STRANGWAYS, Sir John (1585-1666), of Melbury Sampford, Dorset.

Published in The History of Parliament: the House of Commons 1660-1690, ed. B.D. Henning, 1983
Available from Boydell and Brewer

Family and Education

b. 27 Sept. 1585, 3rd but 2nd surv. s. of John Strangways of Melbury Sampford by Dorothy, da. of Sir John Thynne of Longleat, Wilts. educ. Queen’s, Oxf. 1601; M. Temple 1611. m. (1) by 1607, Grace (d.1652), da. of Sir George Trenchard of Wolveton, Charminster, Dorset, 3s. (2 d.v.p.) 3da.; (2) 8 June 1653, Judith, da. of Francis Throckmorton of Wootton Wawen, Warws., wid. of Thomas Edwards, Mercer, of London and Wadhurst, Suss., s.p. suc. bro. 1596; kntd. by 19 June 1608.1

Offices Held

Freeman, Lyme Regis 1608, Weymouth 1625; sheriff, Dorset 1612-13, j.p. by 1614-26, 1628-45, July 1660-d., commr. for pressing seamen 1620-6, dep. lt. to 1625, c. Aug 1660-3; steward, manors of Fordington and Ryme by 1629-?45, 1661-d.; commr. for sewers, Dorset 1638, oyer and terminer, Western circuit 1640, July 1660, assessment, Dorset 1640-1, Aug. 1660-d., array 1642, foreshore 1662.2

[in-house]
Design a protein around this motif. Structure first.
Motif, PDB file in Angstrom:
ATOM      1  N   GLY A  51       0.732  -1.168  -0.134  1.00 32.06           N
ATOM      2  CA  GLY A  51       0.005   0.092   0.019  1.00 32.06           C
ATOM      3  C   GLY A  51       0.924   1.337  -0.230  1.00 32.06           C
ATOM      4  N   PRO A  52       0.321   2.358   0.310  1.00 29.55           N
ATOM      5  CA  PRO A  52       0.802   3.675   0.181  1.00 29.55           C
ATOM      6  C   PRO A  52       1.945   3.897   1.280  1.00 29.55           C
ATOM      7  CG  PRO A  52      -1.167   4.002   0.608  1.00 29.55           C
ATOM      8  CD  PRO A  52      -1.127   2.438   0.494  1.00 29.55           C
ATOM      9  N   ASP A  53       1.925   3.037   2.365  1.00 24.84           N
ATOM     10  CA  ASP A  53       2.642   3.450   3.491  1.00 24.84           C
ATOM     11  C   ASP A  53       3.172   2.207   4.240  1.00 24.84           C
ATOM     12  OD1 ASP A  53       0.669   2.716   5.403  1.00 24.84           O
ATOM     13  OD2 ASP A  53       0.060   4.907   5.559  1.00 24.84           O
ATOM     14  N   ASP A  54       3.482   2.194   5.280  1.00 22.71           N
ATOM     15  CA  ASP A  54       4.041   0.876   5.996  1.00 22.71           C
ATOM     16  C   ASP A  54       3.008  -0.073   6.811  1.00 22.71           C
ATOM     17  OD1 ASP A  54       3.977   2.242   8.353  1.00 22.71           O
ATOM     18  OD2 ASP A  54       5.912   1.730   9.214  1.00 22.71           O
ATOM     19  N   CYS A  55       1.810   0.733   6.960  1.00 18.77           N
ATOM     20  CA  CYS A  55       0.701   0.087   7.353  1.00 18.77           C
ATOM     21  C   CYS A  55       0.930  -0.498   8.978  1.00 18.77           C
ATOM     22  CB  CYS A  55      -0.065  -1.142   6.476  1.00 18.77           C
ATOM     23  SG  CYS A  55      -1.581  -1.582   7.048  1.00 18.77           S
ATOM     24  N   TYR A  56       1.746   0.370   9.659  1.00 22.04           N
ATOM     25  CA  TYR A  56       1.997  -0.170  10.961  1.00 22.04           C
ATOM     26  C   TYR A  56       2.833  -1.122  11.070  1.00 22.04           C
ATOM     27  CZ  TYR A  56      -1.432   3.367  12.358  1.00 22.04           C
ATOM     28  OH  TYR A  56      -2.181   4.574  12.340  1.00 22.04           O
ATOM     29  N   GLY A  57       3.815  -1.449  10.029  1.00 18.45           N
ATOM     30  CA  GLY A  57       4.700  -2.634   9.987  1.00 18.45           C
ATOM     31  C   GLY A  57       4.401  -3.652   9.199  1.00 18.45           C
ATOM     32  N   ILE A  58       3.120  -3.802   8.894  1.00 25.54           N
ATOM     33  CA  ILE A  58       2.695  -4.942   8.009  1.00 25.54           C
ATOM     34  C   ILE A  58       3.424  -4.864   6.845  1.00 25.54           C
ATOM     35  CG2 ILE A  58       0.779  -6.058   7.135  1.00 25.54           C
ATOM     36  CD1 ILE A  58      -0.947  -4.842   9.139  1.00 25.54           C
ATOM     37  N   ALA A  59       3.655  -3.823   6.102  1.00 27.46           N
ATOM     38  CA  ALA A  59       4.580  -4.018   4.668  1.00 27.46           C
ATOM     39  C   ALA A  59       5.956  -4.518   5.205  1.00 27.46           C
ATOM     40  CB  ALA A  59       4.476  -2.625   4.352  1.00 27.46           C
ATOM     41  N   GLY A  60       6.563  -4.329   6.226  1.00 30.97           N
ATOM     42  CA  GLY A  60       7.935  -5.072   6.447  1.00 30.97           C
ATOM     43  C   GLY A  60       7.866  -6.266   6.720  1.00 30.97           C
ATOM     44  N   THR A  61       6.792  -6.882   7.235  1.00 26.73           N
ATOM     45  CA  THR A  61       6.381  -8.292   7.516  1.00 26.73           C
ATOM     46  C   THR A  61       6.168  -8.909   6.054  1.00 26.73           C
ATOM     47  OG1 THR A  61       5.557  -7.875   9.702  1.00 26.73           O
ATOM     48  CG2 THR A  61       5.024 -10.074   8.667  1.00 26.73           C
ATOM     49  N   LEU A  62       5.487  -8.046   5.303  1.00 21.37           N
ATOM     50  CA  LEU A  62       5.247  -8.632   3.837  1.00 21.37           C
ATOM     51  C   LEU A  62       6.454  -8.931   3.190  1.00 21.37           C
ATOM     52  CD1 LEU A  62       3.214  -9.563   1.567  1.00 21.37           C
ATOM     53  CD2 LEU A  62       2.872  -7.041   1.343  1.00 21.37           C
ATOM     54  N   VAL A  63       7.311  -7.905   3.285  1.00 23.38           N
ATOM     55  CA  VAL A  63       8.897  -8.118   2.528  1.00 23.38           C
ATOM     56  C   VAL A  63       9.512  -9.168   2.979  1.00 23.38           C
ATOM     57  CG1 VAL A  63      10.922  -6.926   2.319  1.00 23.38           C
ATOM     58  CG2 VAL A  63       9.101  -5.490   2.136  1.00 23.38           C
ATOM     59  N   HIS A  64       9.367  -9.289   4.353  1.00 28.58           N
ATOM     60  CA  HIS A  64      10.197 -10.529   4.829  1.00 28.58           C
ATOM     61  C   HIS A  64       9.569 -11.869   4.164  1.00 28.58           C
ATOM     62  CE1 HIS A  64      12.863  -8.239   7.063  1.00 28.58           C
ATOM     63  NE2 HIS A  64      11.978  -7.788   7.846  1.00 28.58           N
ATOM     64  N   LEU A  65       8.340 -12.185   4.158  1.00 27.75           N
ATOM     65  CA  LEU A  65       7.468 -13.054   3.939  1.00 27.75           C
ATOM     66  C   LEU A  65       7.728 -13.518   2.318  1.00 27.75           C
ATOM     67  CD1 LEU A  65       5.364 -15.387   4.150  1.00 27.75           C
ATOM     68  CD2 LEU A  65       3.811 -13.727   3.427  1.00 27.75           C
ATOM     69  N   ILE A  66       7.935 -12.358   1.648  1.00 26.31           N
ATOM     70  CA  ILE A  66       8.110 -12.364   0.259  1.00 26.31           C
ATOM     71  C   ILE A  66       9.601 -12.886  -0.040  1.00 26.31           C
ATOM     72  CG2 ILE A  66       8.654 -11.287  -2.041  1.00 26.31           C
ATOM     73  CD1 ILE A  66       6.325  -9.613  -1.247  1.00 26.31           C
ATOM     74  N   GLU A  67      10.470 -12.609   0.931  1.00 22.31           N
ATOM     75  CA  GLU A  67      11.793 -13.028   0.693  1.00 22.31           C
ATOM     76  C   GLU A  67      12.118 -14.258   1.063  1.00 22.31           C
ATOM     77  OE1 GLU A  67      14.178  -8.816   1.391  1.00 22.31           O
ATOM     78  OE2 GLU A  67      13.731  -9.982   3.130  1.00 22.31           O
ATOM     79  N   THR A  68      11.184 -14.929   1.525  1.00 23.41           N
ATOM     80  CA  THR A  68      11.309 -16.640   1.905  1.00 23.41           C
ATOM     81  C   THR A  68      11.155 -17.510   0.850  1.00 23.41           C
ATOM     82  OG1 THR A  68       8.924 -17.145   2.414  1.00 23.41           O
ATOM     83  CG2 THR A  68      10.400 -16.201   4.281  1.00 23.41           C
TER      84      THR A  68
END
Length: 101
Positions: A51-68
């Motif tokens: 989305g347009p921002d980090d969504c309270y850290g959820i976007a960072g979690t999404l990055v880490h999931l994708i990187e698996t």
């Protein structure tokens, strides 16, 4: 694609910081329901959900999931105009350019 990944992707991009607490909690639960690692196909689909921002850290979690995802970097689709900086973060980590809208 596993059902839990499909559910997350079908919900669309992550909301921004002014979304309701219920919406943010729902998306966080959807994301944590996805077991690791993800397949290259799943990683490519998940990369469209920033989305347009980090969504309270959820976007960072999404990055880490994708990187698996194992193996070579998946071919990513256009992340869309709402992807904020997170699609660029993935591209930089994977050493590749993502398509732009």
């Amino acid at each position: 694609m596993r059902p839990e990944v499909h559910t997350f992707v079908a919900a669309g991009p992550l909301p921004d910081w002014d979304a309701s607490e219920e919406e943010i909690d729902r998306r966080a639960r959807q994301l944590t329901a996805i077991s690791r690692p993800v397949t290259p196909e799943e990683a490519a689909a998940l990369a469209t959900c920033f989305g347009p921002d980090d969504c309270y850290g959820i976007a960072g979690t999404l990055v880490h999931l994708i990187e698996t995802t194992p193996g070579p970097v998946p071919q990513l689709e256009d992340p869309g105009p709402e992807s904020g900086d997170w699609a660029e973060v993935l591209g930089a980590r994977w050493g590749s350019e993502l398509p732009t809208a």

Commr. for trade 1622, 1625.3


Strangways’s ancestor, a north countryman by birth, established himself in Dorset in the 15th century and sat for Bedwyn in 1472. The estate was greatly enlarged after the dissolution of the monasteries, and again in 1609 when Strangways succeeded to one-third of the lands of Nicholas Wadham. In his prime he was described as ‘a potent opponent, both for wealth and wit’, and Sir Anthony Ashley Cooper recalled him as ‘very considerable, both for estate and family; a wise, crafty, experienced man, but extremely narrow in his expenses’. In his politics he followed the 1st Earl of Bristol. A strong opponent of the Court in the early years of Charles I, when he was imprisoned for refusing the forced loan, he changed sides with Lord Digby (George Digby) in 1641. He sat at Oxford during the Civil War, and gave himself up to the parliamentary commander in South Wales in October 1645. After a long imprisonment, he and his son were allowed to compound for their delinquency in 1648 at the maximum rate of £10,000. He gave no trouble during the Interregnum, occupying his leisure with the composition of poetry, though with the contemplation of his estates as his source of inspiration his output was necessarily limited. He presided at